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DoodleScribbles

Scribblings and scrawls of a hopeless romantic soul

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poetry form

Silent Spring: A Triolet

It was a spring without voices, devoid of man and his obsessions
Warm light bathed, for once, the stricken world that was silenced
For what worth were our gold and our Earthly possessions?
It was a spring without voices, devoid of man and his obsessions
Love is what carries weight, not money or possessions
Nor hatred and greed can answer mother nature’s siren
It was a spring without voices devoid, of man and his obsessions
Warm light bathed, for once, the stricken world that was silenced

© doodlescribbles


Sharing this piece that I’ve written for #WorldofWords prompt that I am doing with Jade M Wong and A Reading Writer on Instagram (Jade’s IG, Rose’s IG and my IG). This one is inspired by the current global pandemic and Rachel Carson’s Silent Spring, a nonfiction that became one of the most-influential writings in the modern environmental movement. The book documents the adverse environmental effects caused by the indiscriminate and eloquently questions humanity’s faith in technological progress.

Triolet is a short poem of eight lines with only two rhymes used throughout. The requirements of this fixed form are straightforward: the first line is repeated in the fourth and seventh lines; the second line is repeated in the final line; and only the first two end-words are used to complete the tight rhyme scheme. Thus, the poet writes only five original lines, giving the triolet a deceptively simple appearance: ABaAabAB, where capital letters indicate repeated lines.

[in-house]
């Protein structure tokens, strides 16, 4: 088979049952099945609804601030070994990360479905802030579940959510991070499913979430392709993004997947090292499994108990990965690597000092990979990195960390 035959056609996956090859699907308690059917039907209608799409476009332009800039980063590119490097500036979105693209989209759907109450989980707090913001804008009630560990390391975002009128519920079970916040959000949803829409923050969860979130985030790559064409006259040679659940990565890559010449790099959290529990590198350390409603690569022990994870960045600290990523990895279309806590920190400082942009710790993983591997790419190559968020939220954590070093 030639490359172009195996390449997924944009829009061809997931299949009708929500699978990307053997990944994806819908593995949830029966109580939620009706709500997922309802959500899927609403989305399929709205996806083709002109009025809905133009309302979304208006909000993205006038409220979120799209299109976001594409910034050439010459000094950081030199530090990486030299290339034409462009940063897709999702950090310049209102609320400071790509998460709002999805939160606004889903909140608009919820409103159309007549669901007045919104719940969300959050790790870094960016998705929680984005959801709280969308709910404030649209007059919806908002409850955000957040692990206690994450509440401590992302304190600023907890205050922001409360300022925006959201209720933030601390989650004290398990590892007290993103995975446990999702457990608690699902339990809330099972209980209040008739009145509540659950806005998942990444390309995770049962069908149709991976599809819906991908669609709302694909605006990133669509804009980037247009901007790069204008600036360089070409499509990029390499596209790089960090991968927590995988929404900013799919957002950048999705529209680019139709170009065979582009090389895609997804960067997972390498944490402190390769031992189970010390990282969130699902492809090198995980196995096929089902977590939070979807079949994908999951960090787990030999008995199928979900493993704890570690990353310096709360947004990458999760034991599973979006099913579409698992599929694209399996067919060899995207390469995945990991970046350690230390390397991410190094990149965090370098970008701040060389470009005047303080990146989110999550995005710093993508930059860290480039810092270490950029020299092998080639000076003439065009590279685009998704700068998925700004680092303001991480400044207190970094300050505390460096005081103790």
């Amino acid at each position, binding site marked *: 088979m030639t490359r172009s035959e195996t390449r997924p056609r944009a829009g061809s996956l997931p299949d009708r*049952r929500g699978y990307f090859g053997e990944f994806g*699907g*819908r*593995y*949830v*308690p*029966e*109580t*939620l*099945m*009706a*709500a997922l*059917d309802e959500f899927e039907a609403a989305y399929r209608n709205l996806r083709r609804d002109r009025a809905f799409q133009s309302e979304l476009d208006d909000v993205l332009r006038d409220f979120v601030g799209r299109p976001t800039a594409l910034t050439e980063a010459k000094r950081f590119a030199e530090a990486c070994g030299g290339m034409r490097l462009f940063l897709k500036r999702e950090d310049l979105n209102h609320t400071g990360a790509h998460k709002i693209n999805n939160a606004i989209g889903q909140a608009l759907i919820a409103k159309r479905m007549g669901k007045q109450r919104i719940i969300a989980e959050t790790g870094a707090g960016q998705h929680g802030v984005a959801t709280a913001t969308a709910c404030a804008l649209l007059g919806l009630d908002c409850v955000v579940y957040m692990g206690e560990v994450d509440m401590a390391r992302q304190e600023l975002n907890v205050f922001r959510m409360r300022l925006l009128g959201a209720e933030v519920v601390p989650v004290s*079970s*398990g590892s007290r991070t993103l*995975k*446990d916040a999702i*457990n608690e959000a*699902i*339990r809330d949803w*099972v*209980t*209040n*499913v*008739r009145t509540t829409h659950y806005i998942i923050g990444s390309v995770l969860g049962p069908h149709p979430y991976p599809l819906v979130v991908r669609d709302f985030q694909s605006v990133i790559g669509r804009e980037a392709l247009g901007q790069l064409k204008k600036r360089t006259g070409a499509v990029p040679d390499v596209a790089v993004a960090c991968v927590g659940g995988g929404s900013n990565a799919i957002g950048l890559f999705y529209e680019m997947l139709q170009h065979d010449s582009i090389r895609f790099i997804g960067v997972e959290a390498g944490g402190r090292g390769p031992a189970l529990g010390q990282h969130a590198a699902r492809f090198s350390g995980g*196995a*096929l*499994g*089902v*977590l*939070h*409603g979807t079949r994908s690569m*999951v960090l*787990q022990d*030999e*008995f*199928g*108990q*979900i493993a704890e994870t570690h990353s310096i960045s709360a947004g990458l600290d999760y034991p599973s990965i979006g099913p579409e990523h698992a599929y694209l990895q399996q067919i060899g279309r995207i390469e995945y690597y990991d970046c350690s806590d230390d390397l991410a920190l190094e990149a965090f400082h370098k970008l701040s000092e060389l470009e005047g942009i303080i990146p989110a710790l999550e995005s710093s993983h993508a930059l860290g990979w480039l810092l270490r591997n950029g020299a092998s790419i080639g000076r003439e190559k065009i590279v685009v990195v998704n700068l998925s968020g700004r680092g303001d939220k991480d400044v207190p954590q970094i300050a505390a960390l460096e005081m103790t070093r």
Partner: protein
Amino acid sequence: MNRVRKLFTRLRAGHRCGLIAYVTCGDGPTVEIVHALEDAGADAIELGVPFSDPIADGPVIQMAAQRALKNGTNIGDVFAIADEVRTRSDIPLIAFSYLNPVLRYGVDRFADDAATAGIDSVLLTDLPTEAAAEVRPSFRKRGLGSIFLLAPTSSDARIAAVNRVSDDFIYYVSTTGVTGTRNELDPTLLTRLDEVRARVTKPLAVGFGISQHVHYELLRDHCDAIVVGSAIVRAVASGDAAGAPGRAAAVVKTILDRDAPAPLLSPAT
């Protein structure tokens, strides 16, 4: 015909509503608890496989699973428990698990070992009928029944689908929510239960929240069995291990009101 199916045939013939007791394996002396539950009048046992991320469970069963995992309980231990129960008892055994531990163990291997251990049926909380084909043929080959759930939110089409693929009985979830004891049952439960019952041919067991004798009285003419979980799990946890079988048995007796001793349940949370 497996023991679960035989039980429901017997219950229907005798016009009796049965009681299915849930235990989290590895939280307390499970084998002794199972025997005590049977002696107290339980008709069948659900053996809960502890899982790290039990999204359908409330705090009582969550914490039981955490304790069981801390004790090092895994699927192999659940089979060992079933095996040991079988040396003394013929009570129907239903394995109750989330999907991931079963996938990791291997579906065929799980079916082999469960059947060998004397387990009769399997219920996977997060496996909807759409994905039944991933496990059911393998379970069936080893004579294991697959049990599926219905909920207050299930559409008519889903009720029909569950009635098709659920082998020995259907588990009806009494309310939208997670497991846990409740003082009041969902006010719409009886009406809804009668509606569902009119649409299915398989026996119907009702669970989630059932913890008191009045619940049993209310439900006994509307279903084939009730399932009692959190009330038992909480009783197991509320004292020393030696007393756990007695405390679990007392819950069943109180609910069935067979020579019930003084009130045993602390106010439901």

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Your Flame

enlighten-ben-jackson

Your Flame
An Imayo

The sun shines brightly, a blazing ball of splendor
Its warmth enfolds me tightly, erasing my blues
But one look at you, the gorgeous sun is no more
For like a moth to a flame, to you I’m enthralled

© 2016 Maria. All Rights Reserved.

Painting by Ben Jackson


Today’s Filipino word prompt is “makisig” which means “dashing, well-dressed, or gorgeous”.

P.S. To be precise, this word falls under the masculine category. In Filipino, this is an adjective subjected to men. The word, “maganda”, is it’s feminine counterpart. 🙂

Come on! Write a poem or a fiction
Snap a photo under the sun
A six-word tale or a long post, perhaps?
Let’s all get word-high this July!

Want to join the fun? Find the prompt words HERE! Don’t forget to pingback & use the tag WordHighJuly. Mazel tov! 😉

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